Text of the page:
It’s summertime: the season of freedom. Even if you (like me) are still clocking in and out of a full-time job, there’s a whole new rhythm. Your friends who are teachers are either working twice as hard in summer school, or taking a deserved nap. Your coworkers who are parents are on an aggressive vacation rotation. Kids and teens are everywhere.
It’s also the season of laziness. All that heat, sweat, chafing, and sunburn seems like a great reason to park your butt in the coolest room in your house and mainline some streaming video. Well, this year I’m going to force myself to have an incredible summer by being inspired by my favorite nonfiction writers. These women are both artful and productive.
Jamaica Kincaid: My Garden
My deck is a hellscape of dead plants. Let’s just say, when it’s late spring in reality, it’s early winter on the branches of my rose bushes. This year, I’m going to re-read Jamaica Kincaid’s beautiful book My Garden before digging around. Kincaid is such a beautiful writer and has turned her patient attention to so many subjects, but read enough of her and you’ll quickly conclude that her true passion is flowers. My Garden examines the relationship between gardener and plants; flowers and art; greenery and place. My standards are much lower than hers (remembering to water my tomato plant is a major achievement), but it’s easy to draw inspiration from her passionate love of the nature she tends to.
Cheryl Strayed: Wild
I know, I know. We all read this, like, two years ago! Unless you didn’t. In which case, do. But if this is a re-read for you, read it this time with the outdoors in mind. Strayed’s personal struggle and history is so memorable that we barely think of this as a travelogue or a meditation on nature, but that’s what it is: a story of the power of walking to heal. I’m going to keep this book next to my running shoes to remind myself that the slight hill in my neighborhood is nothing compared to the High Sierras Cheryl climbed, just as this book is great at reminding me that my personal issues are nothing compared to the grief that Strayed was experiencing at the time. Perspective: it’s what both books and long walks are great at.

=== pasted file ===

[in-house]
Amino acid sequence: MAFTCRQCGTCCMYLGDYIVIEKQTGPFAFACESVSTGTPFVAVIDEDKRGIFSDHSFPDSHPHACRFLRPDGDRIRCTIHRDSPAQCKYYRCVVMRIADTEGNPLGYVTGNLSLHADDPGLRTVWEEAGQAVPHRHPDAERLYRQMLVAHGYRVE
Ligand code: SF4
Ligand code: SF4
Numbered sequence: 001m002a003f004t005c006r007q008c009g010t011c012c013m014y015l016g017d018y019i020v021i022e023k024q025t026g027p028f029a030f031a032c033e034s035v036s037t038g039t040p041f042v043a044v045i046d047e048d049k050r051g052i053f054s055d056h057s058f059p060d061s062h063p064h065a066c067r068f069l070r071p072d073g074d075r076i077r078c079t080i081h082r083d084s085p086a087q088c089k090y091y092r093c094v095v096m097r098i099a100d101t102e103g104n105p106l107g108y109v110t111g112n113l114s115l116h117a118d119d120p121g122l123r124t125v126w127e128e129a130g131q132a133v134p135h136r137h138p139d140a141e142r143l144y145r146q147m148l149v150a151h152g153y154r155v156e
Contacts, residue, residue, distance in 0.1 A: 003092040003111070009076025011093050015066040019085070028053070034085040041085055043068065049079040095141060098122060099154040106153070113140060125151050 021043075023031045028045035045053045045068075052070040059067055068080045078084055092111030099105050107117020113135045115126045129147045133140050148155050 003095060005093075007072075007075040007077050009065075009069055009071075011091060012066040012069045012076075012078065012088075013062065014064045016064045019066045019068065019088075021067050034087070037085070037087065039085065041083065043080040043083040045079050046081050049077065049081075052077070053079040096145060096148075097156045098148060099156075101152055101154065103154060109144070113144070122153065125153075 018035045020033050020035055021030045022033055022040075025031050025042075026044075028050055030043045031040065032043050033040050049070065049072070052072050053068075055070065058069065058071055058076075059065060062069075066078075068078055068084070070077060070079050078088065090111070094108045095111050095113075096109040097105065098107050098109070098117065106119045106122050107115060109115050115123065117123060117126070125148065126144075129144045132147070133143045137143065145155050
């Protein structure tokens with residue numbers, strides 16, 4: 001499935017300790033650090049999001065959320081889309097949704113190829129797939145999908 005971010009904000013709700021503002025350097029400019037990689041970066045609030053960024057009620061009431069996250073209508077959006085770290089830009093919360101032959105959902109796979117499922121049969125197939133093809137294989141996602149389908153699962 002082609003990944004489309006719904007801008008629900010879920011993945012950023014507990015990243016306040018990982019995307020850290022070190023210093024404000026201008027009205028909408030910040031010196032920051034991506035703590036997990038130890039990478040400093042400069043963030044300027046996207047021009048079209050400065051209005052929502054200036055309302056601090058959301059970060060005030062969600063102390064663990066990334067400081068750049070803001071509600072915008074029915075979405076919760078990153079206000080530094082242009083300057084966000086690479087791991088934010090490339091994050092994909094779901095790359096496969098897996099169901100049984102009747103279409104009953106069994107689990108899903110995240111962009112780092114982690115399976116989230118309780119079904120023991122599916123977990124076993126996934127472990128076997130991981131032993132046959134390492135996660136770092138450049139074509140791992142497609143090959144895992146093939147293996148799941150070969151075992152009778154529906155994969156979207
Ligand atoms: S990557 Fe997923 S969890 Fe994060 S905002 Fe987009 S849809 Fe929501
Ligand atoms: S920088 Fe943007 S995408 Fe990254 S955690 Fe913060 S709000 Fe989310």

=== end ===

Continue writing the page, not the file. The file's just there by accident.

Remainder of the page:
Lynn Cox: Swimming to Antarctica
Hell yes. This book is super-inspiring for those who love swimming and even more inspiring who feel self-conscious in swimsuits. Lynn Cox is a legend: she discovered at a young age that she was able to withstand unbelievably low temperatures of water. At first, she broke a bunch of racing records (two-time record holder of fastest crossing of the English Channel, no big deal), and then she moved on to more creative swims. She swam the Bering Straight and a mile in Antarctic waters, all with her extra body fat helping her stay alive. What I’m saying is, I’m taking this one to the beach every time I think the Maine water will be too cold.
Pauline Kael: The Age of Movies: Selected Writings
Let’s get real. I’ll be spending 90% of my spare time seeking the coldest air-conditioning possible, which as we all know is at our local movie thaters. I’ll be channeling Pauline Kael, though, so that my brain doesn’t disintegrate into nothingness. Kael was a critic for The New Yorker for so long that she influenced a generation of film aficionados, and now her best work is collected for us. There’s lots of Kael to be had out there but this is a great starting place. This is a great collection to get my mind set before going into a film so that I can properly eviscerate the big blockbusters and– more importantly– explain why I’m going to see Inside Out for the fourth time (other than the air conditioning, of course).
So that’s it for me: gardening, hiking, swimming, and movies. Who’s inspiring your summer activities this year?
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